I just find it difficult to imagine that someone seeking a meaningful career at the Department of Commerce ever once, for a moment, considered the possibility of doing that kind of work in a hostile, foreign environment such as Iraq. Someone interested in working effectively in those environments would have sought a career in a different agency or with an international organization.

Rob Thornton
06-09-2007, 07:25 PM
Maybe that is the solution - all yens with the desire to deploy and receive advancement and a raise based on willingness to serve your nation beyond the desk on this side of the room, all yens who wish to serve back here are free to do so. You sacrifice nothing, but you gain last. Or maybe you only start listing positions that have the qualification that foreign service will be expected at least once as a government servant - maybe you give clear preferance to soldiers, sailors, airmen and marines for entry level positions.

I love choices - even when I don't like either option - its democratic:)

06-09-2007, 09:42 PM
I know some very good FBI agents and Police Officers that went to Iraq, unfortunately most of them got pidgeon holed into the search for WMD and were not allowed to help with police work. THat at least has changed. But there is a major difference between Police types and USDA, and Commerce Workers. You cannot expect nor would you want them in a combat zone.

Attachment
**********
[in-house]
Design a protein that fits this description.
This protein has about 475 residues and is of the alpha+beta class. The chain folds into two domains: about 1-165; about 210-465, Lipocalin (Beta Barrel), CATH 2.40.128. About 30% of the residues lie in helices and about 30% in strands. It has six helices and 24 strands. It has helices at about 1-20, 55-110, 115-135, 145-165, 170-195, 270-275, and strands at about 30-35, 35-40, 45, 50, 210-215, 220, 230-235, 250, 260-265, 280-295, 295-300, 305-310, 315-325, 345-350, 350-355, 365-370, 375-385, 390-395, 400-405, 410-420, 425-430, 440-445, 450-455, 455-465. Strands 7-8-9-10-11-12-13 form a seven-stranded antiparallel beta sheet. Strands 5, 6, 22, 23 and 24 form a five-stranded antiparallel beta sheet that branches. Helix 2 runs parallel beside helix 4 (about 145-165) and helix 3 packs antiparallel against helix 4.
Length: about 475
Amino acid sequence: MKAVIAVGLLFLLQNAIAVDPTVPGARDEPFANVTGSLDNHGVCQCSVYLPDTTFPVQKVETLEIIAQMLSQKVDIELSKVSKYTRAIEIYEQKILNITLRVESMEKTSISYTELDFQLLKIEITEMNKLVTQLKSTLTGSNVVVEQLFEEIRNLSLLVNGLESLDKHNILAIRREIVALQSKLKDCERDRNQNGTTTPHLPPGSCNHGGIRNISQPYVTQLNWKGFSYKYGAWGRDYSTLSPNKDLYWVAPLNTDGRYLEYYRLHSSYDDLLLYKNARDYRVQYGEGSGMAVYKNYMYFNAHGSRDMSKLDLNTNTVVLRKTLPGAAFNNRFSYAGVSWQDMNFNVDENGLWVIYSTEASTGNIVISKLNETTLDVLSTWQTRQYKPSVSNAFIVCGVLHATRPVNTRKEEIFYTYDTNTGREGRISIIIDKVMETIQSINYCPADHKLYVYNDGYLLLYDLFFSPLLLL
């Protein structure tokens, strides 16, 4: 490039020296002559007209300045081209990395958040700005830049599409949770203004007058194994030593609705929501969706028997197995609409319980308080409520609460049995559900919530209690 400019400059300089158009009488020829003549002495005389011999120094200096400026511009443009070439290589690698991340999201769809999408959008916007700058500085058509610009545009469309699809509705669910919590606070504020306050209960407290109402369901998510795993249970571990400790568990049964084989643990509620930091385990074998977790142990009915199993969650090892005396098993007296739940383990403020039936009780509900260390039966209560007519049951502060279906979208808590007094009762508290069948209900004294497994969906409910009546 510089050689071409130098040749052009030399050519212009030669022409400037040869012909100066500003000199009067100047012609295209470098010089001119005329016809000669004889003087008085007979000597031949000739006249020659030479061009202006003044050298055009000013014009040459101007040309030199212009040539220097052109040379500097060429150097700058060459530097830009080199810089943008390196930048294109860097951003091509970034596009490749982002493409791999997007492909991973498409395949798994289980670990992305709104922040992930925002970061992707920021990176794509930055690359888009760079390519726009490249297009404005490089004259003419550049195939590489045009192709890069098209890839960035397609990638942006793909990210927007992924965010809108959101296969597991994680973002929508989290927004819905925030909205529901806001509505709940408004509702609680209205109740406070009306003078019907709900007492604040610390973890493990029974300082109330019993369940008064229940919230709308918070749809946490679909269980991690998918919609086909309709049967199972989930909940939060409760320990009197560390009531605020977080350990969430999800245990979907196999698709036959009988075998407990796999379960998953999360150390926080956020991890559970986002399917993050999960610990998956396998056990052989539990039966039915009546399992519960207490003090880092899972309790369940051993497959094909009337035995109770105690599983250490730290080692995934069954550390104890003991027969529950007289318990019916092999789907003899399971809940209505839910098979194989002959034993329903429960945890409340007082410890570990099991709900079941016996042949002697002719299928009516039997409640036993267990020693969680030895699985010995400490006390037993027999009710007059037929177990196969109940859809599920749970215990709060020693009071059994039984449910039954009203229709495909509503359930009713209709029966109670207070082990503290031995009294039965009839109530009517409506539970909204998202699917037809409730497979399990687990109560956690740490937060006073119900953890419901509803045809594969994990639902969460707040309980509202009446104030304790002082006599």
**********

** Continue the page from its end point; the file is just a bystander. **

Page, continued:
If we want a corps of combat-reconstructionist, we should create brigades and standing expeditionary reconstruction units, 90% military in nature. The remaining 10% can be federal civilians and contractors. 10% even would be a stretch to fill. Face it those who willingly volunteer for dangerosu duty are a rare breed. Talk to your local recruiter for more info.


Rob Thornton
06-11-2007, 12:29 PM
You know if they really want guys and gals who will deploy, they should adopt a recruiting strategy that goes after military folks. Waive some of the initial entry level requirements in favor of a 1 year internship that gives them a good base, then pay for their education starting about 3 years after that so you have some talent in the pool. Let them pick up on their retirement chart with no penalties, and start them at something reasonable in pay. If a guy or gal is already approaching military retirement then add more, and expect more, if they already meet the entry level requirements- add more & expect more.